Boring. Listless. Rocks.

I turn back to look at the sea, this time with a different sort of wonder. As long as these stones danced where God had sent them, they had a vital role amid a large production. They added joy and beauty to a peaceful scene. They made me smile, and likely many others who paused to watched the show. They spoke to my worries by reminding me that God’s hand still orchestrates, not only this concerto, but all concertos. Even my small, first-grade clarinet solo of a life.

Driving back to my hotel, I can only smile.

I tried to stuff music notes into my pocket.

That night I pray, inspired by God’s lesson for me.

I’ll be your pebble, Lord. Send me where You want me, even to a cubicle, if that’s Your plan. Protect me from those who would pocket my words, lest they become dry and dull. Show me where my writing can dance best for You. Wherever you send me, I’ll sparkle like a jewel there.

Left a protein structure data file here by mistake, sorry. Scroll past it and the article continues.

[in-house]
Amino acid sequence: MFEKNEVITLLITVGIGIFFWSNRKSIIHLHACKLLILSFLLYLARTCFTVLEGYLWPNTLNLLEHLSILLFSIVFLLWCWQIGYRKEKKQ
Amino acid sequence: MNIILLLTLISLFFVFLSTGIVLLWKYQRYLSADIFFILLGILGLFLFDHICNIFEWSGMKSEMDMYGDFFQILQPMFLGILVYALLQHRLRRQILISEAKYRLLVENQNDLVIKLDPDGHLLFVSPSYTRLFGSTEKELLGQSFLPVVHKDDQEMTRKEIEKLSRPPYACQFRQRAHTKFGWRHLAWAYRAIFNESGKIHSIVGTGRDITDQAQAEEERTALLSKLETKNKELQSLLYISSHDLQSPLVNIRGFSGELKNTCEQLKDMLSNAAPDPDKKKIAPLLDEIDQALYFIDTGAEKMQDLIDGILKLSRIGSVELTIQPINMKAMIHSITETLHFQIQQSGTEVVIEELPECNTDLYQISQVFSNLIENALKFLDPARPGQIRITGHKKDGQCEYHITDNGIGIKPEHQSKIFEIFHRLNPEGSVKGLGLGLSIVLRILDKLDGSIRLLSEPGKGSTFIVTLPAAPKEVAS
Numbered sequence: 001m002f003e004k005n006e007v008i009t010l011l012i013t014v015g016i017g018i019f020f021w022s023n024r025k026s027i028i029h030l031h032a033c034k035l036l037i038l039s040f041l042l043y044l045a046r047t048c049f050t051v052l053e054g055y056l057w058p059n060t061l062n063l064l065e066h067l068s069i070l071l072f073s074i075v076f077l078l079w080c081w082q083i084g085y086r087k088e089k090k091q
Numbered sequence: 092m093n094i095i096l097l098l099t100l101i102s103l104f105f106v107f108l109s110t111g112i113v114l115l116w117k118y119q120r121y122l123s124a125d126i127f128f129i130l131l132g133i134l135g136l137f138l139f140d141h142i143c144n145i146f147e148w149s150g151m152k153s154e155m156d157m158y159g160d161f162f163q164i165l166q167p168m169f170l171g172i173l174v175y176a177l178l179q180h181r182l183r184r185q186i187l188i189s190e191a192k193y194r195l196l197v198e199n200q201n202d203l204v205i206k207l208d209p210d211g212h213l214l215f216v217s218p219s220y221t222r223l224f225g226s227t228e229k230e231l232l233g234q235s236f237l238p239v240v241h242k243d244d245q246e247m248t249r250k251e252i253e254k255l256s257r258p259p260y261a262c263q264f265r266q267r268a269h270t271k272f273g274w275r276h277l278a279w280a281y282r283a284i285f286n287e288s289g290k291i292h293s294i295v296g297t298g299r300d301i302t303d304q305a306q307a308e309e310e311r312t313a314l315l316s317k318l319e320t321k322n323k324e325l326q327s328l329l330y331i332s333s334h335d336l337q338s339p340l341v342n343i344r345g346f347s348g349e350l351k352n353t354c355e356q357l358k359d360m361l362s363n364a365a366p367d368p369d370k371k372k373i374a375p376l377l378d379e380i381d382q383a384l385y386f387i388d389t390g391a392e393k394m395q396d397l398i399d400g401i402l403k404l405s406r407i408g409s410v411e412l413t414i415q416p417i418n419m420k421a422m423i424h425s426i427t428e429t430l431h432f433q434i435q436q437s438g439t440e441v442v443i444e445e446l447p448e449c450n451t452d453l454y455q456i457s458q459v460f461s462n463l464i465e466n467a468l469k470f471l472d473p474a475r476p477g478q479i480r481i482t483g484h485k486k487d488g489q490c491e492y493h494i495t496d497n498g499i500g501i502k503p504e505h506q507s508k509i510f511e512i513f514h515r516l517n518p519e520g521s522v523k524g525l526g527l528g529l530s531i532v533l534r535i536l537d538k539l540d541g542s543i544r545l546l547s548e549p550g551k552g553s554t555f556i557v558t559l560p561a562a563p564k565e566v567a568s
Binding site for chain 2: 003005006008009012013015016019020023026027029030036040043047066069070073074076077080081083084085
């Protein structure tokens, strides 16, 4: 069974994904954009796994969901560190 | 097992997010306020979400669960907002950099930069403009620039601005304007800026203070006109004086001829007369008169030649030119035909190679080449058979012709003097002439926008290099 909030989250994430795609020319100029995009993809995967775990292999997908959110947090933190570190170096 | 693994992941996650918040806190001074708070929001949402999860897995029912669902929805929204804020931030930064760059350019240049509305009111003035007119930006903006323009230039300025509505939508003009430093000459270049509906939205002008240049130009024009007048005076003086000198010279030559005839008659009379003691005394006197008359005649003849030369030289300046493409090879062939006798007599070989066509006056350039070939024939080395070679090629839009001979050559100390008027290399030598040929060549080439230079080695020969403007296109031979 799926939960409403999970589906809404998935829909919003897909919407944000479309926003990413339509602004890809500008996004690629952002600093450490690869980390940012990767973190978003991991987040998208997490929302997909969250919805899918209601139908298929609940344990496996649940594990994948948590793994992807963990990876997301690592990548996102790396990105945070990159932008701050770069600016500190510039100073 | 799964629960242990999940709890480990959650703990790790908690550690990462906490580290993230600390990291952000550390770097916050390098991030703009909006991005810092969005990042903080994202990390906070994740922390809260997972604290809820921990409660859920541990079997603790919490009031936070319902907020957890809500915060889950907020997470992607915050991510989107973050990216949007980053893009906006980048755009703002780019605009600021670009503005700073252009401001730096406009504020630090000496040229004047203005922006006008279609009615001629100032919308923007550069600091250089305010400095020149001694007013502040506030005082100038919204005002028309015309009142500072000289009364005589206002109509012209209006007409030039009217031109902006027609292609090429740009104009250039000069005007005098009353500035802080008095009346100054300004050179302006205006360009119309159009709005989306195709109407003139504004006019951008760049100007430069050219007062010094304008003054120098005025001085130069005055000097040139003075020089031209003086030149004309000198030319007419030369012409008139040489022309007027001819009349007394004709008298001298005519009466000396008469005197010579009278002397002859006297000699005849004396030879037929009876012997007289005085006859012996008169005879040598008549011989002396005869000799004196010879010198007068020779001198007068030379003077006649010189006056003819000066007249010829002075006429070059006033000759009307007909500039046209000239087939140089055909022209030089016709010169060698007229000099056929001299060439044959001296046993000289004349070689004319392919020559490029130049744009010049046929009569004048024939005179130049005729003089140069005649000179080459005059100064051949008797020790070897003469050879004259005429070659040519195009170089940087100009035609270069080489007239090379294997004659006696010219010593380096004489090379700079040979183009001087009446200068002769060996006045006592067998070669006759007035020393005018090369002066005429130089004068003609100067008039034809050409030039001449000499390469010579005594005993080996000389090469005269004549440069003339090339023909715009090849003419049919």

Because it’s Your show.

 

Rosemarie Fitzsimmons is the author of the Selah Award-winning Caged Sparrow, and blogs as The Portrait Writer (rosethestoryteller.com) about seeing God and finding joy in the everyday. She lives in Northern Va with her husband Jerry, their youngest son Charles, and a somewhat unstable Egyptian Mau named Aslan.

 

 

 

hope, renewal, serving God, Rosemarie Fitzsimmons, Katy Kauffman, Lighthouse Bible Studies

Comments (3)

  • anon

    This post really spoke to my heart. I can so relate. Here I sit at my desk with a half written blog post, ideas for the next few jotted down as well as other projects the swirl in my mind. 
     
    And yet... my son is coming home from the Air Force and we are planning a trip to the beach! I'm from Southern California, so I will be at the Pacific ocean whereas Rosemarie was at the Atlantic. It doesn't matter, really. What matters is, the same wonderful, amazing God, commands these oceans. I'm going to go with my family and bask in all the wonder of God's creation. I'm going to let Him direct the next project. He will lead me exactly where I need to go.